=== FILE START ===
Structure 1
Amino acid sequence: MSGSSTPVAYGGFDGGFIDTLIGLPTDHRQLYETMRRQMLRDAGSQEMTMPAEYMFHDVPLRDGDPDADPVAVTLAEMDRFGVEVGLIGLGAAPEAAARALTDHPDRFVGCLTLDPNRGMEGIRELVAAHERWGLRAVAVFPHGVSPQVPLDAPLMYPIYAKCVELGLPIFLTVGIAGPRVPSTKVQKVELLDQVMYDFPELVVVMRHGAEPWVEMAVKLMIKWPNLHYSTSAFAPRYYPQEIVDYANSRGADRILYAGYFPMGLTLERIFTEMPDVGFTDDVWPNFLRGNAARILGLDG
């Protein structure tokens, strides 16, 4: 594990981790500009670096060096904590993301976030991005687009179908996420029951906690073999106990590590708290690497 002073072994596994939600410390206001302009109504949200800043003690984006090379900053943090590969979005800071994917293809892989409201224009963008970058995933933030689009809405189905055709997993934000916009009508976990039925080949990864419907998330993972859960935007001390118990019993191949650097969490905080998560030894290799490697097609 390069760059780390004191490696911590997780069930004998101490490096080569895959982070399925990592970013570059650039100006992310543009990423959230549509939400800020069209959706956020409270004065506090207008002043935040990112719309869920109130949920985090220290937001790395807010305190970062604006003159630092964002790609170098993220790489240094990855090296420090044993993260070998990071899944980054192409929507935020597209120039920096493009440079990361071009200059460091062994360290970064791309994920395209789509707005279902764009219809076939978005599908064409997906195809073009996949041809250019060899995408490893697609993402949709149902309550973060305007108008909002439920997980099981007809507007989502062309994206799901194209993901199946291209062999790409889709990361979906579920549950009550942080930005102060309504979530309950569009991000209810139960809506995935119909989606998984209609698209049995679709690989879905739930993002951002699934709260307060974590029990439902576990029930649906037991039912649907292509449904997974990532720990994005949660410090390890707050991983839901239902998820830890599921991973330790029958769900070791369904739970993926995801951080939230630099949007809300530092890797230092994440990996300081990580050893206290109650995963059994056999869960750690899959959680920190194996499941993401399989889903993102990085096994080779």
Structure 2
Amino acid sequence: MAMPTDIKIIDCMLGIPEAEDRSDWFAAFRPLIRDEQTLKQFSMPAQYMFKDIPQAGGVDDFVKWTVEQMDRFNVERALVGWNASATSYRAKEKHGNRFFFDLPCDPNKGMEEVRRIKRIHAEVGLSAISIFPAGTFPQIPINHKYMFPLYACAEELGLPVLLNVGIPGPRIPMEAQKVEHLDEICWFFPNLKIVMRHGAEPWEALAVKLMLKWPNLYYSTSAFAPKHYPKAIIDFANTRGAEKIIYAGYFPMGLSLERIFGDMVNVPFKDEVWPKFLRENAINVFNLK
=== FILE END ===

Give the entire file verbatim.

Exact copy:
Structure 1
Amino acid sequence: MSGSSTPVAYGGFDGGFIDTLIGLPTDHRQLYETMRRQMLRDAGSQEMTMPAEYMFHDVPLRDGDPDADPVAVTLAEMDRFGVEVGLIGLGAAPEAAARALTDHPDRFVGCLTLDPNRGMEGIRELVAAHERWGLRAVAVFPHGVSPQVPLDAPLMYPIYAKCVELGLPIFLTVGIAGPRVPSTKVQKVELLDQVMYDFPELVVVMRHGAEPWVEMAVKLMIKWPNLHYSTSAFAPRYYPQEIVDYANSRGADRILYAGYFPMGLTLERIFTEMPDVGFTDDVWPNFLRGNAARILGLDG
């Protein structure tokens, strides 16, 4: 594990981790500009670096060096904590993301976030991005687009179908996420029951906690073999106990590590708290690497 002073072994596994939600410390206001302009109504949200800043003690984006090379900053943090590969979005800071994917293809892989409201224009963008970058995933933030689009809405189905055709997993934000916009009508976990039925080949990864419907998330993972859960935007001390118990019993191949650097969490905080998560030894290799490697097609 390069760059780390004191490696911590997780069930004998101490490096080569895959982070399925990592970013570059650039100006992310543009990423959230549509939400800020069209959706956020409270004065506090207008002043935040990112719309869920109130949920985090220290937001790395807010305190970062604006003159630092964002790609170098993220790489240094990855090296420090044993993260070998990071899944980054192409929507935020597209120039920096493009440079990361071009200059460091062994360290970064791309994920395209789509707005279902764009219809076939978005599908064409997906195809073009996949041809250019060899995408490893697609993402949709149902309550973060305007108008909002439920997980099981007809507007989502062309994206799901194209993901199946291209062999790409889709990361979906579920549950009550942080930005102060309504979530309950569009991000209810139960809506995935119909989606998984209609698209049995679709690989879905739930993002951002699934709260307060974590029990439902576990029930649906037991039912649907292509449904997974990532720990994005949660410090390890707050991983839901239902998820830890599921991973330790029958769900070791369904739970993926995801951080939230630099949007809300530092890797230092994440990996300081990580050893206290109650995963059994056999869960750690899959959680920190194996499941993401399989889903993102990085096994080779």
Structure 2
Amino acid sequence: MAMPTDIKIIDCMLGIPEAEDRSDWFAAFRPLIRDEQTLKQFSMPAQYMFKDIPQAGGVDDFVKWTVEQMDRFNVERALVGWNASATSYRAKEKHGNRFFFDLPCDPNKGMEEVRRIKRIHAEVGLSAISIFPAGTFPQIPINHKYMFPLYACAEELGLPVLLNVGIPGPRIPMEAQKVEHLDEICWFFPNLKIVMRHGAEPWEALAVKLMLKWPNLYYSTSAFAPKHYPKAIIDFANTRGAEKIIYAGYFPMGLSLERIFGDMVNVPFKDEVWPKFLRENAINVFNLK